Semifreddo means semi-frozen. In a good way. A cream-and-custard-packed-in-a-pan-and-stashed-in-the-freezer way. It doesn’t freeze hard, like ice, it freezes soft, like ice cream.
For instance: If semifreddo is frozen cream and custard, and ice cream is frozen cream and custard, what’s separates the two pleasures? Apparently churn. Authorities contend that the constant stirring imposed on ice cream during its initial freeze breaks down ice crystals, yielding a smooth, creamy scoop.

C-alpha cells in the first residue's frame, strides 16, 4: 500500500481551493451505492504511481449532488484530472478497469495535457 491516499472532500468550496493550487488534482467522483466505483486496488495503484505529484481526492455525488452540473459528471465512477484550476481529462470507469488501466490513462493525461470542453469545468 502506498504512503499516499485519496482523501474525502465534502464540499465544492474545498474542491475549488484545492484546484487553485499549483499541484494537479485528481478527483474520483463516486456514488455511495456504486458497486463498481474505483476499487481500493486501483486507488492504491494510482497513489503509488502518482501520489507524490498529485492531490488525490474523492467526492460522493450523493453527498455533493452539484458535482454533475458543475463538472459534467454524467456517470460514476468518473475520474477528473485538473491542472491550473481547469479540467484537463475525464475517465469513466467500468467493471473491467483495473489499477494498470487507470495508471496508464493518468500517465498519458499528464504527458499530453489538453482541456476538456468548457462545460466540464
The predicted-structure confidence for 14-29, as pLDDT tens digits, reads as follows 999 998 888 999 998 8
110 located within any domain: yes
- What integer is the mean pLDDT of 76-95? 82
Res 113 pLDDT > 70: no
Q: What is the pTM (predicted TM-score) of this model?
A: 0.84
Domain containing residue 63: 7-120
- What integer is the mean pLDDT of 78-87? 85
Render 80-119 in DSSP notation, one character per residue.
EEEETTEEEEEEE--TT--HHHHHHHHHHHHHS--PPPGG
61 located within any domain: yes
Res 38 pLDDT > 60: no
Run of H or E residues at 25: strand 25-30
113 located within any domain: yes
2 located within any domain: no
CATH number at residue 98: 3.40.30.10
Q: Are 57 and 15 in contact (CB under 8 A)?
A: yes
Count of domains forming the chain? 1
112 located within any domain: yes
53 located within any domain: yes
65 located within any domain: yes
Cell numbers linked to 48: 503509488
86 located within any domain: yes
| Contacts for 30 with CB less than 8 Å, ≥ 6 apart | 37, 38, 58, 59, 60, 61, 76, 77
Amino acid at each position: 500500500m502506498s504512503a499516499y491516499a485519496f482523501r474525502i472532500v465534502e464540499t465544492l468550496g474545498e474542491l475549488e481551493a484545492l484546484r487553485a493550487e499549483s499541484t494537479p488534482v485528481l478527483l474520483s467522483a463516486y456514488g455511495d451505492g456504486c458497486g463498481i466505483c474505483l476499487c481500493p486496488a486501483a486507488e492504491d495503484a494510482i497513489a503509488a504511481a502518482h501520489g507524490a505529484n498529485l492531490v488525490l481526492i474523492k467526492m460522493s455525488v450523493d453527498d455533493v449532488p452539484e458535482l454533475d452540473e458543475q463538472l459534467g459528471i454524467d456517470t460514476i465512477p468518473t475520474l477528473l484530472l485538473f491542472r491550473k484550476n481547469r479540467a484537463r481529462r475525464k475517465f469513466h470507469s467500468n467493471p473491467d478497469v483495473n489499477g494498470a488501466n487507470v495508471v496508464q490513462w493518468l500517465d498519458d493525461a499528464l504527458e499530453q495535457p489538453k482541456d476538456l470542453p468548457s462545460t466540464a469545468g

But one bite of luscious semifreddo throws this distinction into dispute. Semifreddo serves up a smooth, creamy slab.
Posing further concerns.
For instance: Is churn necessary? What makes semifreddo so delicious? And, after considerable research, why is it all gone?